The remaining two games in the series moved to Tucson Arena, the Roadrunners’ nest. Tucson officially wrapped up rights to the top Western Conference record by recording a 3-2 victory on a goal by Kempe (his second of the game) with 3:10 left in the third period to snap a 2-2 deadlock. Hill was again between the pipes to record the win.

With little to play for in its final regular season game, Tucson played the spoiler role. The Gulls had entered the three-game series needing just one standings point to secure the final Calder Cup playoff berth. However, three regulation losses to the Roadrunners would keep them out of postseason play.

A very determined San Diego team rallied from an initial 3-0 deficit to make it a 3-2 contest with 15 minutes remaining in the third period. The Gulls hit the crossbar before Trevor Cheek gave the hosts some breathing room with a goal at 11:16 to pad their lead to 4-2.

But the visitors came back less than two minutes later as team scoring leader Kalle Kossila netted his single season club-record 21st goal of the season to trim the Roadrunners lead to 4-3. San Diego only needed to extend the game to overtime to qualify for the playoffs.

But the closing minutes of the game belonged to Tucson. Scottsdale native Zac Larraza made it a 5-3 game after snapping off a shot that beat San Diego netminder Reto Berra at the far post at 16:38. Cheek then scored into an empty net with 59 seconds to play to record his second goal of the contest and ice a 6-3 win for the Roadrunners in front of a near capacity crowd of 6,092 fans.

Larraza and Bunting each finished with one goal and one assist while Crouse and McGinn each scored goals. Murphy and rookie Jordan Gross each recorded two assists while Miska finally closed the door on the Gulls’ season with 23 saves on 26 shots.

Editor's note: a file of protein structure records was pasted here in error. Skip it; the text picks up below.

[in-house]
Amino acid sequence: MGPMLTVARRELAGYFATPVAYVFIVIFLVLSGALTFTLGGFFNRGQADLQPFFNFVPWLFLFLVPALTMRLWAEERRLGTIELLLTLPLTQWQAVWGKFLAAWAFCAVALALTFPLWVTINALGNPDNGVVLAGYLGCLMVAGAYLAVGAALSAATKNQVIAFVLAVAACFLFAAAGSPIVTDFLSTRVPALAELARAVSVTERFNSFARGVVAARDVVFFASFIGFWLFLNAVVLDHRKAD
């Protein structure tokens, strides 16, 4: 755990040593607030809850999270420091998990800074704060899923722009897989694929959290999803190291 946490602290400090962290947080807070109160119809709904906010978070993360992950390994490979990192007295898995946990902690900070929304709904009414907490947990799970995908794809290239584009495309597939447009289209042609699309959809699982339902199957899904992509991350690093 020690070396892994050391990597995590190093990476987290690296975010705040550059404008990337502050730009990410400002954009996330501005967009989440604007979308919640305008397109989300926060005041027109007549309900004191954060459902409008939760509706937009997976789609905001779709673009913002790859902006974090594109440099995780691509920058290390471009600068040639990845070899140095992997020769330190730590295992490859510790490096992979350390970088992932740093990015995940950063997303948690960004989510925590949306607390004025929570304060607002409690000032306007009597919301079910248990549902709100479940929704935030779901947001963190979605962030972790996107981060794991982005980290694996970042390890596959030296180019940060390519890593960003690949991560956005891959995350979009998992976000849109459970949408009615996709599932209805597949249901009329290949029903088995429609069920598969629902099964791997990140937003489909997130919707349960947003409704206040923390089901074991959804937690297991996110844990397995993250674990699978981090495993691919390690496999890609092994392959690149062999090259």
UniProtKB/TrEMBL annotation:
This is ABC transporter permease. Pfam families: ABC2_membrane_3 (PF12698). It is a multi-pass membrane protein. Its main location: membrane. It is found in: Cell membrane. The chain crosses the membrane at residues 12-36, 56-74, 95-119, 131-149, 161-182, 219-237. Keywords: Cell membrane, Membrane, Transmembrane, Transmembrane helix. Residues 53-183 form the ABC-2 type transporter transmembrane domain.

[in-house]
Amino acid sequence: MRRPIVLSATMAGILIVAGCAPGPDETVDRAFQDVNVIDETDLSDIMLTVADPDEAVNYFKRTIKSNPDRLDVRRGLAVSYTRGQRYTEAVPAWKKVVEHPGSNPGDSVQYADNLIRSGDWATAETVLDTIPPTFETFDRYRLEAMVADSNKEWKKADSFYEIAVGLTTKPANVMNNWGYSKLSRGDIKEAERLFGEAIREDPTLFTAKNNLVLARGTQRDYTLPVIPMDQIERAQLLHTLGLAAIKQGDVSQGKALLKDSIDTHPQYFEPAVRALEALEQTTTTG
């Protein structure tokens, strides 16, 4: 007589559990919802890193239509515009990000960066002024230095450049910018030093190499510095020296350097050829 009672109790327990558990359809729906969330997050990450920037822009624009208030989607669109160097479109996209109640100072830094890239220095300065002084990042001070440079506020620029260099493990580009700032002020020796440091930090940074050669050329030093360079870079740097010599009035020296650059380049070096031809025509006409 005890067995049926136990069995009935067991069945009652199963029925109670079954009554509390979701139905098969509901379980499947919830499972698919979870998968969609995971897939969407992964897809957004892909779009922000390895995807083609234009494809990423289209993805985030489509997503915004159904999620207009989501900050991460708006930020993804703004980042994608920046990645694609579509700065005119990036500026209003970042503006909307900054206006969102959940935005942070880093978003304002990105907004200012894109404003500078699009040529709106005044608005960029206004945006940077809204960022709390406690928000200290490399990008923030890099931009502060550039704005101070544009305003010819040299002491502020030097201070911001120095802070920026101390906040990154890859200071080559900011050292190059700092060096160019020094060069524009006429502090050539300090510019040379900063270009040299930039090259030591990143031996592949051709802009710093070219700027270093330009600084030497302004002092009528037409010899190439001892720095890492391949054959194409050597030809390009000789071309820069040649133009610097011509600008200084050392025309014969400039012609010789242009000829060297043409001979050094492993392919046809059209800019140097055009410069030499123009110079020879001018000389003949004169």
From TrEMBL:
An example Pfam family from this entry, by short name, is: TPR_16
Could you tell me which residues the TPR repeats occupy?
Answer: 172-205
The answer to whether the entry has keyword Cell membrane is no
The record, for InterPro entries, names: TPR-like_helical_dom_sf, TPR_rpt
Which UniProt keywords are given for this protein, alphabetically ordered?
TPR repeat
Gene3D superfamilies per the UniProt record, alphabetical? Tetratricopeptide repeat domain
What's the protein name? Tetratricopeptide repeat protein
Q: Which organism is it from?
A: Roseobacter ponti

Larraza chalked up two goals and three points in 11 games with Tucson this season while also collecting seven goals and 25 points in 34 games with the Fort Wayne Komets, the Roadrunners’ ECHL affiliate.

The two points were the first as a pro for Gross, who signed an two-year entry-level contract with the Coyotes on April 12 after recording a runner-up finish with Notre Dame at the NCAA Division I Frozen Four championships on April 7.

Gross, who led all Fighting Irish defensemen in points, earned a berth on the NCAA championship all-tournament team.

“Jordan was one of the top defensemen in the NCAA last year and we’re thrilled to add him to our organization,” Coyotes President of Hockey Operations and General Manager John Chayka explained. “He’s a mobile, puck-moving, right shot defenseman who is very smart. He will join a great group of young players that we now have in Arizona.”

Gross earned first star honors in his Tucson debut.

The Roadrunners won the inaugural Border Trophy with 15 points (7-4-0-1) to 10 points (5-7-0-0) for San Diego in the 12 games between the teams.

White Out Tucson

The Roadrunners will meet the San Jose Barracuda in the opening round of the Calder Cup playoffs. The best-of-five Pacific Division semifinal series faces off with games April 19 and April 21 in San Jose.

Tucson will host Game 3 on April 25. If necessary, Game 4 would be played at Tucson Arena on April 27 and a possible Game 5 on April 28, also in The Old Pueblo.

Roadrunners fans are encouraged to wear white during home playoff games, a tradition first started in 1985 by the Winnipeg Jets when the current Coyotes franchise was still located in Canada and then continued with the move to Arizona.

The Coyotes held their first White Out during the 1997 Stanley Cup playoffs against Anaheim.

The Roadrunners averaged 4,217 fans at Tucson Arena during the 2017-18 regular season – an increase from their inaugural season to demonstrate the team has started to develop a following.

The AHL will release the pairings and dates for all remaining playoff series through the conclusion of the Calder Cup playoffs.

Photos/Phillip Brents

— Phillip Brents

(April 18, 2018)